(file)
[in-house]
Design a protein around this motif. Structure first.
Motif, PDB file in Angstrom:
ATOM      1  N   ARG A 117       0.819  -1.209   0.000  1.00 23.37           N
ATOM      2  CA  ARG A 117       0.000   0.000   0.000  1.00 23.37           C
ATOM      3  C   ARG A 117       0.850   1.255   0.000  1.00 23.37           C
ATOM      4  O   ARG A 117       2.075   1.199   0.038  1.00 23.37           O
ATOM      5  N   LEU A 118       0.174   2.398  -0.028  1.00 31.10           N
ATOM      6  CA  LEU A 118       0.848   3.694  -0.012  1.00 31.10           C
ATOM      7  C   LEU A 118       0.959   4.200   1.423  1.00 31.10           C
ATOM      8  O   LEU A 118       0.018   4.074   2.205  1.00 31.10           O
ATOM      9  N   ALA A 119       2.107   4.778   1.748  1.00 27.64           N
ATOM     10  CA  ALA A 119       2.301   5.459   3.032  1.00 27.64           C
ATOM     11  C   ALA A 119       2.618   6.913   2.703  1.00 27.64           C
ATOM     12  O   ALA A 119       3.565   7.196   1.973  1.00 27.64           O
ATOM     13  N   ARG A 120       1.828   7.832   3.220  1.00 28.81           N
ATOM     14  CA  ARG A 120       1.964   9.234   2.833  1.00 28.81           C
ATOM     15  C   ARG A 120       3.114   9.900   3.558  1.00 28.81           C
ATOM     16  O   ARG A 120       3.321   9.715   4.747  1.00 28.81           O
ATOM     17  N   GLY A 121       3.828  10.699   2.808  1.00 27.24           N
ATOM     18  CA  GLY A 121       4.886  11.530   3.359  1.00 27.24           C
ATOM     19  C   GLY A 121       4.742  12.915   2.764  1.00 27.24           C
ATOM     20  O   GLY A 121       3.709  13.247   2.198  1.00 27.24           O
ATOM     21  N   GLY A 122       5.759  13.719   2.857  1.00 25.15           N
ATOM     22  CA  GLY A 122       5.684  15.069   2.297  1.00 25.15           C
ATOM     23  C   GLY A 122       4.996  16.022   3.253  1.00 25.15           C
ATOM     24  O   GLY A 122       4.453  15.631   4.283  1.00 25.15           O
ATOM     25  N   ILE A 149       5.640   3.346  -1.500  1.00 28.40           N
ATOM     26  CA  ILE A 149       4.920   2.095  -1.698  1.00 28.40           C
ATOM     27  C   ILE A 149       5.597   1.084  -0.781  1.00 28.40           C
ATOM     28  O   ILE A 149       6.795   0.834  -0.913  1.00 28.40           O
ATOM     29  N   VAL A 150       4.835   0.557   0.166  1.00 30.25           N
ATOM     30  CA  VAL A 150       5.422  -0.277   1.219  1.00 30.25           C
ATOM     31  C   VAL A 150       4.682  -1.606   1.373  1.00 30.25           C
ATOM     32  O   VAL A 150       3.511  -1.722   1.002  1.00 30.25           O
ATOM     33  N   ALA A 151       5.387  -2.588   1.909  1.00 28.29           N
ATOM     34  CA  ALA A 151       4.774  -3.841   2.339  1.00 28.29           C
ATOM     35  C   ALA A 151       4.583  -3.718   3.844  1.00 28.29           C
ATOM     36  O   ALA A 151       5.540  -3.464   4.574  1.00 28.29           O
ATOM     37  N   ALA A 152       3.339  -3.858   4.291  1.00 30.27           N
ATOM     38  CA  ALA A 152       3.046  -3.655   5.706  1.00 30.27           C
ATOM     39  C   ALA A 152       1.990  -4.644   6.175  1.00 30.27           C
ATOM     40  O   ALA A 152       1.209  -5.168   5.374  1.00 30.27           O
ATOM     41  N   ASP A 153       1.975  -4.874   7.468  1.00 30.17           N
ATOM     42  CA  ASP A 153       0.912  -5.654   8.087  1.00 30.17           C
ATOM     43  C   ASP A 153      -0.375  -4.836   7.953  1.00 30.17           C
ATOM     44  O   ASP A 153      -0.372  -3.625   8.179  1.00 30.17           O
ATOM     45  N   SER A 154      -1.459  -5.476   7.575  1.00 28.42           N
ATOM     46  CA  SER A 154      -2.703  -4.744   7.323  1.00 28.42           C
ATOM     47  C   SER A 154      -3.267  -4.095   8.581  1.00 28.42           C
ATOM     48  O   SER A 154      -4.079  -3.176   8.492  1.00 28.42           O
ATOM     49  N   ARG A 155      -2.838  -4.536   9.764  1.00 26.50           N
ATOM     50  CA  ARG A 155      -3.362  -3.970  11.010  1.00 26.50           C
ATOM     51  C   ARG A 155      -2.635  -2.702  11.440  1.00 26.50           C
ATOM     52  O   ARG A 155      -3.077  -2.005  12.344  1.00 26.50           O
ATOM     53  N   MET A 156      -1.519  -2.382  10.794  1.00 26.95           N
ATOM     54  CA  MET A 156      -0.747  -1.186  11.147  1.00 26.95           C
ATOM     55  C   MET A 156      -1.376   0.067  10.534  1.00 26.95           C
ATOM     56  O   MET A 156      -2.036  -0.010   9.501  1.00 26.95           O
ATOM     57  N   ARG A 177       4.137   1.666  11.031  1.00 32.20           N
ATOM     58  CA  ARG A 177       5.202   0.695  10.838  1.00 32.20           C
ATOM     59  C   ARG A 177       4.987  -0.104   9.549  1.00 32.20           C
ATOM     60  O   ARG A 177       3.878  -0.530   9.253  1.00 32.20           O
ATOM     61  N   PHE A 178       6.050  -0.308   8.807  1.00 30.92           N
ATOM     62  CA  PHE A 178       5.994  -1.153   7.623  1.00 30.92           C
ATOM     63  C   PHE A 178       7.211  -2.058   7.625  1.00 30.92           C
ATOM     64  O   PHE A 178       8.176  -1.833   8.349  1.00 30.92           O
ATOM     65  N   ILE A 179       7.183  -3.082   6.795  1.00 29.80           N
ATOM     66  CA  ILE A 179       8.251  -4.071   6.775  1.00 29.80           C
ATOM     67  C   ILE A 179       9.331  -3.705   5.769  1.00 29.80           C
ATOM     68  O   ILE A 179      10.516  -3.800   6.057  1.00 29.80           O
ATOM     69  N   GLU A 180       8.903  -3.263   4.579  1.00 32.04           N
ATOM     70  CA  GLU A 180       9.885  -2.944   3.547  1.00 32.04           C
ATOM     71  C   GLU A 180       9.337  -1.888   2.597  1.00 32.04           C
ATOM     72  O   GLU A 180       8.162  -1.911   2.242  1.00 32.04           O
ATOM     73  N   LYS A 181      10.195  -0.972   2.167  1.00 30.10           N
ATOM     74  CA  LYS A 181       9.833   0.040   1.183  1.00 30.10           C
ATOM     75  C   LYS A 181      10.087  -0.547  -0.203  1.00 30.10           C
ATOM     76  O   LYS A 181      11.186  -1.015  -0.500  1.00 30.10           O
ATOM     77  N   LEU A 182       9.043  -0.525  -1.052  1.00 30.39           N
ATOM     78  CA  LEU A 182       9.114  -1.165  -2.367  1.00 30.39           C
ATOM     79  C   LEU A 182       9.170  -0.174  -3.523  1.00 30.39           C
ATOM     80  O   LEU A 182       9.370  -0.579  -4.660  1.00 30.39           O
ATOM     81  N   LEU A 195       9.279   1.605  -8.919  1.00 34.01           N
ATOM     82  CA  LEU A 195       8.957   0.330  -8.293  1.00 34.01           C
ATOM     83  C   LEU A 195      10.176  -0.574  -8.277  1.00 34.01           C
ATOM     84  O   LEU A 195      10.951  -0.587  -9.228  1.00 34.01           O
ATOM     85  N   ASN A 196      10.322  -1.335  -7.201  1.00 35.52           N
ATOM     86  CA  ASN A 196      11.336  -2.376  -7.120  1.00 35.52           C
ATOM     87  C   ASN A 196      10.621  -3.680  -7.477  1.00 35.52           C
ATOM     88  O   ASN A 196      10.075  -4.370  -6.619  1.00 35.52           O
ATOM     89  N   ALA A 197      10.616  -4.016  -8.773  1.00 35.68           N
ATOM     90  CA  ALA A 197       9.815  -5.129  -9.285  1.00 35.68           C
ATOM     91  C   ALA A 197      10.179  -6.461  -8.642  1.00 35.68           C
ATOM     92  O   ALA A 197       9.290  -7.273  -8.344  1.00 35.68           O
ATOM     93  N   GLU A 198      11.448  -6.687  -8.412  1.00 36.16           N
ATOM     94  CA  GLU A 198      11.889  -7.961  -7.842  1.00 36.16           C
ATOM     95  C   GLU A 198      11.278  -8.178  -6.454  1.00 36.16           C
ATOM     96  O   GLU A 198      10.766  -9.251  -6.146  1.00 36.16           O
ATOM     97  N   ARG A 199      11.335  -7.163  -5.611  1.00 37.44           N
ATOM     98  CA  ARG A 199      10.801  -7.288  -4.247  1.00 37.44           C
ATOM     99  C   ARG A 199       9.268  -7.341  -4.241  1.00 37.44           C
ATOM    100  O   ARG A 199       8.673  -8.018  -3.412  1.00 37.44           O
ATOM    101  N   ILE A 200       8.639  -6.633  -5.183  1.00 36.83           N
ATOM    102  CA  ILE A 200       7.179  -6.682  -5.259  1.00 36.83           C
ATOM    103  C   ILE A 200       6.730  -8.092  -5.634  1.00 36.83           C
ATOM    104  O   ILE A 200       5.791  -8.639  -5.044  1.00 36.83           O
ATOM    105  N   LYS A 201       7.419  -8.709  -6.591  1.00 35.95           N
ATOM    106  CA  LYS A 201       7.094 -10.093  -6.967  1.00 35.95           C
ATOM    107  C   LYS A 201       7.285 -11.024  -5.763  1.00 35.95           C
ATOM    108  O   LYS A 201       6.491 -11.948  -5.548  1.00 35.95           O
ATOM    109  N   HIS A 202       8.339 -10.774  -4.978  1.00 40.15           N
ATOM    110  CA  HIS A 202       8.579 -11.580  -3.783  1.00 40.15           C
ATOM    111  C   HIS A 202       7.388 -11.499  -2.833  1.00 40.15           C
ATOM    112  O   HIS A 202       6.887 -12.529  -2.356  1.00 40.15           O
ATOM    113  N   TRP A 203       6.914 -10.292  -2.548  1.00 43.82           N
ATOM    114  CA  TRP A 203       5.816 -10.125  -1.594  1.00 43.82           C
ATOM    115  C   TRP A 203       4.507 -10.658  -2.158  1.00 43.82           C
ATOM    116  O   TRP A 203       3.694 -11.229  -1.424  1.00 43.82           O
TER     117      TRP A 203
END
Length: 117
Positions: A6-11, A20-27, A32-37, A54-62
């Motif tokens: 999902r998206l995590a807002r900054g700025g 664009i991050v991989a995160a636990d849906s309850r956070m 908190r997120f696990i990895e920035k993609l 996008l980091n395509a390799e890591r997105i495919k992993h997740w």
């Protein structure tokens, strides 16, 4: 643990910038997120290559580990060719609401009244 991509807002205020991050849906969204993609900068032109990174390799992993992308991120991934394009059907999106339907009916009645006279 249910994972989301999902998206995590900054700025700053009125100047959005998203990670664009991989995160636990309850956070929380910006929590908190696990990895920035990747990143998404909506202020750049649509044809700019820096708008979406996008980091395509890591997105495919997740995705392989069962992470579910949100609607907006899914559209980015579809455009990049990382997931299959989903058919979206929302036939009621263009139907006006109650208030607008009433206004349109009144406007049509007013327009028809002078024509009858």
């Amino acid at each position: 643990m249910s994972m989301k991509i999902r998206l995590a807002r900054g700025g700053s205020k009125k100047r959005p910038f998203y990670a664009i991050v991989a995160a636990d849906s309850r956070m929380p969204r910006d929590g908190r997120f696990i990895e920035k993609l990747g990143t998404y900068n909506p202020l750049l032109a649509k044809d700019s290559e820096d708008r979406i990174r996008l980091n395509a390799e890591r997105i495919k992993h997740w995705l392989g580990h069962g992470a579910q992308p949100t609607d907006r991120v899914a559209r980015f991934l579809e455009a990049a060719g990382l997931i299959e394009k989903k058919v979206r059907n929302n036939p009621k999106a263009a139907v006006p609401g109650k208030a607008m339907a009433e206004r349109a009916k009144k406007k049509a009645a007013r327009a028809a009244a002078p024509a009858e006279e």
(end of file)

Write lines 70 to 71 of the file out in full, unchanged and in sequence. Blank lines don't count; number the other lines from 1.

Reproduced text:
ATOM     67  C   ILE A 179       9.331  -3.705   5.769  1.00 29.80           C
ATOM     68  O   ILE A 179      10.516  -3.800   6.057  1.00 29.80           O